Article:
Do you like Domino's or Papa Johns or Pizza Hut or (ugh) Lil Caesar's? Well if you try Via Roma's, can you accept the fact you will hate those other brands forever?
Just try it and let me know what you think. I don't know why the topic of pizza has been trending with me lately; my friend Imir recently pegged me on a post of his on Facebook in which he proudly indicated my snobbery with pizza from back when we first met in 1990. Another friend, Chris, with whom I attended school from elementary-onward, traced my snobbery to the fact that I was graced with the efforts of fine pizza making from the Italians of the Hudson Valley. My sister and quite a few others have recounted the many establishments we inhabited or encountered that made good pizza as we were growing up. When I went to college in DC, I was suddenly at a loss to find what I deemed good pizza; it was either Sbarros, frozen pizza or take your chances with the local establishments (and chances were very slim). Needless to say, I further developed my own cooking skills after exhausting my options with the school cafeteria (a major disappointment for a heralded Black university), local take out (I despised McDonald's for a long time after DC) and dorm-style cooking (my specialties where potato-chips and cheese on radiator-toasted bread and what I referred to as "Arroz con Pollo" which was more gumbo than anything else). I even invented a pizza-stick like substance that contained mozzarella cheese, breaded chicken patties and bits of toast microwaved in Tupperware and sliced into strips or Sicilian pizza-style squares. What you have to do to get by. There was also Chinese take-out, which I've always had a thing for and was actually pretty good down there, but you'll never believe what I found at Chinese take-out joint on 14th Street NW near the place I last lived in DC: pizza. Good pizza, in fact.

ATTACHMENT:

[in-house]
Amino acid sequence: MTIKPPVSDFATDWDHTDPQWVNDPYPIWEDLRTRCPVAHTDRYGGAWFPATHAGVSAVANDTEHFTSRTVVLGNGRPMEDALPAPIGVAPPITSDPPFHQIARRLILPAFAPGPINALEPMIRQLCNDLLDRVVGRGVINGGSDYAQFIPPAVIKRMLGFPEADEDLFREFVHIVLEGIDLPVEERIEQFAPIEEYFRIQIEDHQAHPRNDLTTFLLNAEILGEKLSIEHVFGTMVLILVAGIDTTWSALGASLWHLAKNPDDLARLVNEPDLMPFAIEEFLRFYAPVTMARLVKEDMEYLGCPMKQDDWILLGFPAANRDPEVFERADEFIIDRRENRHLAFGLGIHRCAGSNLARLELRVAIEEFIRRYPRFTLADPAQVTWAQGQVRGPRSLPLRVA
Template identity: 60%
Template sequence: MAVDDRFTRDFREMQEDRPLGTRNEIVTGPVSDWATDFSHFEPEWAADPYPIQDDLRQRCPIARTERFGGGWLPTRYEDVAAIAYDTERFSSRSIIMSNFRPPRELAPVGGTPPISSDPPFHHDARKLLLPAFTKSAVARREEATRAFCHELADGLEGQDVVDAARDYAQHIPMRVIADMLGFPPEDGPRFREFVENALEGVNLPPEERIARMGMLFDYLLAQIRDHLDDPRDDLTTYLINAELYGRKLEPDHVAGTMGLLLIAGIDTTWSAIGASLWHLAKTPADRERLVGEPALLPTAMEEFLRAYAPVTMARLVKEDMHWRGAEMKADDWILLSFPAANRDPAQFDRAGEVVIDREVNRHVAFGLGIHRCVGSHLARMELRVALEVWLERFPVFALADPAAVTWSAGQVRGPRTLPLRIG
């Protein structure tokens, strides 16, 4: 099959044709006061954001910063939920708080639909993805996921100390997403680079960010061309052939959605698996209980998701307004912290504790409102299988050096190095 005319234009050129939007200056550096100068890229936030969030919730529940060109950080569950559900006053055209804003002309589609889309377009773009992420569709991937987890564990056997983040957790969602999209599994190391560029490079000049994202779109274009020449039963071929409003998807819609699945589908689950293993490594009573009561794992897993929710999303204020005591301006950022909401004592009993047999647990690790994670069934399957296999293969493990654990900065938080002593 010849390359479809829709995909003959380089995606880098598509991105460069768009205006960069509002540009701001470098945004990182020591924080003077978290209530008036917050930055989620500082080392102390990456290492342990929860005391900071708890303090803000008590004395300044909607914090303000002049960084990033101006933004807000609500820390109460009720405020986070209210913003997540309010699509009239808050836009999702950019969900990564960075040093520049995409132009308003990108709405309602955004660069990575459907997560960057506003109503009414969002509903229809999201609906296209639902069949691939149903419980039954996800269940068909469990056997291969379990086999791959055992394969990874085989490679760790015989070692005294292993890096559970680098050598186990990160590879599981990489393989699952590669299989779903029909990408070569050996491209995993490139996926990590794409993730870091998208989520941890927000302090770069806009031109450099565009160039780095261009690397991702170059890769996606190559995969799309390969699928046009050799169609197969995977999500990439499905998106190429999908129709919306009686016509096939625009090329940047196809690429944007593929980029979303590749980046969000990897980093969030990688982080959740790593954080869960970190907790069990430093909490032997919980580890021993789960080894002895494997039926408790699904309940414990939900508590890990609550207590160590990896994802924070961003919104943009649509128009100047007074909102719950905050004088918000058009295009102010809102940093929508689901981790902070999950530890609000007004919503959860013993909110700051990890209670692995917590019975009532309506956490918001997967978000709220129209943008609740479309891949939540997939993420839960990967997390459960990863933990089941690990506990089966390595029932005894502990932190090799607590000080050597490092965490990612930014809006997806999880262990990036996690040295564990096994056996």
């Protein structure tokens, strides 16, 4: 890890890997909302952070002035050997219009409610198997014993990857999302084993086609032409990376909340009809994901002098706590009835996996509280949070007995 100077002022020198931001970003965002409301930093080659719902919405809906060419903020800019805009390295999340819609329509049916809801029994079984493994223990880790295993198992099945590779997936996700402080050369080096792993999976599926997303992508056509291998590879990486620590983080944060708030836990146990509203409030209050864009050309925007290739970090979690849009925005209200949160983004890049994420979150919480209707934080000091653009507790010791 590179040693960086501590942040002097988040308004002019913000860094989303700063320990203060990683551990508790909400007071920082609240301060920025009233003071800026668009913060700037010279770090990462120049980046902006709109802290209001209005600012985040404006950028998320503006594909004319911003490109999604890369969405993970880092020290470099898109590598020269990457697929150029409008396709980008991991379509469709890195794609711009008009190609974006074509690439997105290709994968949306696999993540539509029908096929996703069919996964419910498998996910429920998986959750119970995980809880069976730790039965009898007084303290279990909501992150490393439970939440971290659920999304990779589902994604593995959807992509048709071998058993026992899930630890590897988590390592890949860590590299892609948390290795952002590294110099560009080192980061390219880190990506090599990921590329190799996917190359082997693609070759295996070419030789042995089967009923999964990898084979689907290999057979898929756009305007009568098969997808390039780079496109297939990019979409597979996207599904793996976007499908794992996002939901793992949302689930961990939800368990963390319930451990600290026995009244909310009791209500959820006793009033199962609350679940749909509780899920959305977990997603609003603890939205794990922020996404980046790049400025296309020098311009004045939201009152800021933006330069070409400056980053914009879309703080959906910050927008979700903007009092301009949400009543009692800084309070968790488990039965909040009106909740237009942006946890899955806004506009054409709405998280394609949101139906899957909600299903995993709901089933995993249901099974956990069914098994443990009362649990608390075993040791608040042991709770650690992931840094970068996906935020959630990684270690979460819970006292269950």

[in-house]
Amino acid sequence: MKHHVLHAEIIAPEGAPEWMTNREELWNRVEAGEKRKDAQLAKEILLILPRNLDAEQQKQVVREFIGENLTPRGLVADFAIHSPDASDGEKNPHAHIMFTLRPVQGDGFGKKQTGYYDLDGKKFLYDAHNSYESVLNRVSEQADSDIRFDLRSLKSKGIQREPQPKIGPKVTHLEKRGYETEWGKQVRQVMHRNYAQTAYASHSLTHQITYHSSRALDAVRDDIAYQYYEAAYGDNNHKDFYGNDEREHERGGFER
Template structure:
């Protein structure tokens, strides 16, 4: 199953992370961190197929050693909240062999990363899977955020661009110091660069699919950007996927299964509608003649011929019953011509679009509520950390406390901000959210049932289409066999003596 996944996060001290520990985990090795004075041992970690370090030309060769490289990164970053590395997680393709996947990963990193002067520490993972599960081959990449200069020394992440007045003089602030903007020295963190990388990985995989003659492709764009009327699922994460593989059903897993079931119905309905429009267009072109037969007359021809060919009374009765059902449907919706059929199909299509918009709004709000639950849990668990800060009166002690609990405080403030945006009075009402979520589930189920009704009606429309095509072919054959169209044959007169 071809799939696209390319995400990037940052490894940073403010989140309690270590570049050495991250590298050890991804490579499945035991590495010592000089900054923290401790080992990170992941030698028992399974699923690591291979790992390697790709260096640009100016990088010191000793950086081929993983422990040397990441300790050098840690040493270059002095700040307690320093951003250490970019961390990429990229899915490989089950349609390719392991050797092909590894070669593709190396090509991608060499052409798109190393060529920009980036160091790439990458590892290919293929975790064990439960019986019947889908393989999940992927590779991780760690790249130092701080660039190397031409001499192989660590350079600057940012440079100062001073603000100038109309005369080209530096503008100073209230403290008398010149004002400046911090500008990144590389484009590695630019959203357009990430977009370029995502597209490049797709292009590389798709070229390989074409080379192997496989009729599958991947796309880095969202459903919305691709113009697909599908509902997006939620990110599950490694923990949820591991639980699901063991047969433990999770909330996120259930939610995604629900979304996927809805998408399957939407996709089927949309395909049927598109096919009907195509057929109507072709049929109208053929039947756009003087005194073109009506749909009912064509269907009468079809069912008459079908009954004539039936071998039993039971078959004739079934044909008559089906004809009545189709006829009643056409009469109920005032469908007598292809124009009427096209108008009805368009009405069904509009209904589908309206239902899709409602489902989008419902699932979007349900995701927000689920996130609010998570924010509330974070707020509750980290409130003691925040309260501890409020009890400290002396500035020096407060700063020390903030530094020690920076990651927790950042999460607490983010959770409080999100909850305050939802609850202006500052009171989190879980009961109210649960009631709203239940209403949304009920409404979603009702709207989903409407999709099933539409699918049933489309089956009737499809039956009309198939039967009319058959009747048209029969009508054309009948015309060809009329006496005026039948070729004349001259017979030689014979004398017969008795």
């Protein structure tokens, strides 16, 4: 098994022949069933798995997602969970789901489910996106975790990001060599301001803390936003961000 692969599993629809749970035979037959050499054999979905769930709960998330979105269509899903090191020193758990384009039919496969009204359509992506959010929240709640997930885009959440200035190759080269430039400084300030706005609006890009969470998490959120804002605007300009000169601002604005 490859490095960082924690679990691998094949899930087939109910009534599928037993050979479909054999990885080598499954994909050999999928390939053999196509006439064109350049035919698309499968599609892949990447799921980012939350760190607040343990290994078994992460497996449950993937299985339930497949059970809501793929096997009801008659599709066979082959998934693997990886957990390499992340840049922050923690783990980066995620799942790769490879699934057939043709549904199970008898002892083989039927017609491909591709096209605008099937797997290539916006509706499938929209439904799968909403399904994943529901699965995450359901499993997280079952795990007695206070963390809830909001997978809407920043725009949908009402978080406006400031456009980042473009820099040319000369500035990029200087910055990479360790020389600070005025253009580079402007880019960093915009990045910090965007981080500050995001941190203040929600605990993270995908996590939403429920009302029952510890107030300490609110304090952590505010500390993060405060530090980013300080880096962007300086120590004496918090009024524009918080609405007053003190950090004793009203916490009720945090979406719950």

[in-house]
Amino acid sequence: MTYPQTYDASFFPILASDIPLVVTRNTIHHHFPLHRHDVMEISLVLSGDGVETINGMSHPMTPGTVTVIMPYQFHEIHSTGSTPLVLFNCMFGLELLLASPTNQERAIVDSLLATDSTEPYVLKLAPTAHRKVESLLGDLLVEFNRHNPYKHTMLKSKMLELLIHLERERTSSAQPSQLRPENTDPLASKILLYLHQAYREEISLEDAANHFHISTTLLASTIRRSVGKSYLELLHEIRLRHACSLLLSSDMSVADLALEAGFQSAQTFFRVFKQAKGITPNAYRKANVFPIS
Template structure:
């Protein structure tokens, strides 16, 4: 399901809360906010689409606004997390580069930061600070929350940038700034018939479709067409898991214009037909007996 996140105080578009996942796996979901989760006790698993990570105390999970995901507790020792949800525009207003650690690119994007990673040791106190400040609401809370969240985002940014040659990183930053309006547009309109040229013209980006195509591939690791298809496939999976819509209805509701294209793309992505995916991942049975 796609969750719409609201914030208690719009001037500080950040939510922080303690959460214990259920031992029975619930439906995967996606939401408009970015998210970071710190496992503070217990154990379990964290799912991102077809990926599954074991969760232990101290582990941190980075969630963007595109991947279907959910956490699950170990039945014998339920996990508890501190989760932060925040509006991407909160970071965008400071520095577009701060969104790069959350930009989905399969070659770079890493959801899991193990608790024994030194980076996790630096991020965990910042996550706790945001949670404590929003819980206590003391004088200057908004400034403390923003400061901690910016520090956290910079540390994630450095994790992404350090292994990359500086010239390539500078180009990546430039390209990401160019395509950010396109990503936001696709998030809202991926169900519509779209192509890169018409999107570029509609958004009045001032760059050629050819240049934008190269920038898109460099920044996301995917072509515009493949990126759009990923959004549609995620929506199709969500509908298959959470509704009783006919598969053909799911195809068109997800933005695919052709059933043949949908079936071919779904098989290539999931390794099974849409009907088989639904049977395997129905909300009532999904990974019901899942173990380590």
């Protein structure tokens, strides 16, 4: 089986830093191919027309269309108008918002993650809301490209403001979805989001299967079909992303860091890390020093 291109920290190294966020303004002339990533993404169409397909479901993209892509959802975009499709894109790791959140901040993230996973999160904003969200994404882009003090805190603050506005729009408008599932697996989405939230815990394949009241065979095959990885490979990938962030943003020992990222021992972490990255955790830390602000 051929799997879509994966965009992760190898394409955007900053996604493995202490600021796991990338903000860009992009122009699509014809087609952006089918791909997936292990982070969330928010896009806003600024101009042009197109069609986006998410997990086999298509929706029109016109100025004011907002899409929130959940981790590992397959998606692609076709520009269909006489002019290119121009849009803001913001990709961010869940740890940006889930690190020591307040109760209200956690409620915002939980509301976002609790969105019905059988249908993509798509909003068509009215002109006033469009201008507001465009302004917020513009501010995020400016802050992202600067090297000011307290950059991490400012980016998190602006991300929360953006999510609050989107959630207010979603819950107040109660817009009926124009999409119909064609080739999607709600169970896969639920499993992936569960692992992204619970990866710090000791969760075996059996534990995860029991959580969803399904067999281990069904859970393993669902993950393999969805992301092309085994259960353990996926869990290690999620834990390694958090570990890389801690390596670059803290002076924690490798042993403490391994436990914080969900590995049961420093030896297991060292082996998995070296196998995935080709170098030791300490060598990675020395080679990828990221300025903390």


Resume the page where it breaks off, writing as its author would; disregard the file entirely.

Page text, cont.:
Nobody would believe that a Chinese food place could possibly make good pizza, no matter what part of the country you were from, but I stumbled upon it and after a few weeks of skepticism while ordering my usual pork fried rice-and-ribs, I tried out the pizza. Wowzers, I I was taken aback by how decent it was. Great, no, but better than Dominos? Hell yeah! After some considerable and similar skepticism, my housemates also tried the pizza and came to the same conclusion. It was a surprise hit. Now, I don't know if the place still exists (not likely), but I would bet that it was more or less hormones and deprivation that drove me to like that pizza back then. Not so with Via Roma.
The best thing I can say about it is that it's better than the chain store pizzas we see nowadays. If that's not saying much, then let me also say it does give some local parlors a run for their money, which is considerable when you factor in the price of ingredients, the labor and other miscellaneous overhead, not to mention delivery and tip if you go that route; with Via Roma you're getting a fairly similar pie for more than half the price. It's fresh, not frozen (big difference!) and they claim to use premium quality ingredients, so the taste is better than what you would expect from the store.
Trust me, I'm not trying to shill for them (I'm getting nothing for endorsing this brand), but I present it as a viable alternative to the Dominos and Papa Johns and Pizza Huts and Lil Caesars of the world that continue to rip you off with suspect pizza and pasta products. Save your money; you can get two pizzas for what those places charge and have a better experience. I say all this because I was just at PathMark and paying for my items; the cashier saw the pizza and asked me if it was any good. I looked her in the eye and asked her, "Do you like Dominos?" When she said yes, I said, "If you tried this pizza, could you live with hating Dominos for the rest of your life?"
That's a pizza snob for you >;)
Post Edit: I looked on Google Maps to see if I could trace my old address and the stores I went to; the address is there, but renovated and new buildings have gone up on more than half of the block. In fact, 14th Street looks brand new; none of the empty lots from the riots of the 60s stand empty; in place are tall apartment/loft buildings. I welcome the revitalization of the area, as long as the people who have long lived here also benefited from the cleanup (but we know how gentrification goes). Needless to say, the take-out place is also gone.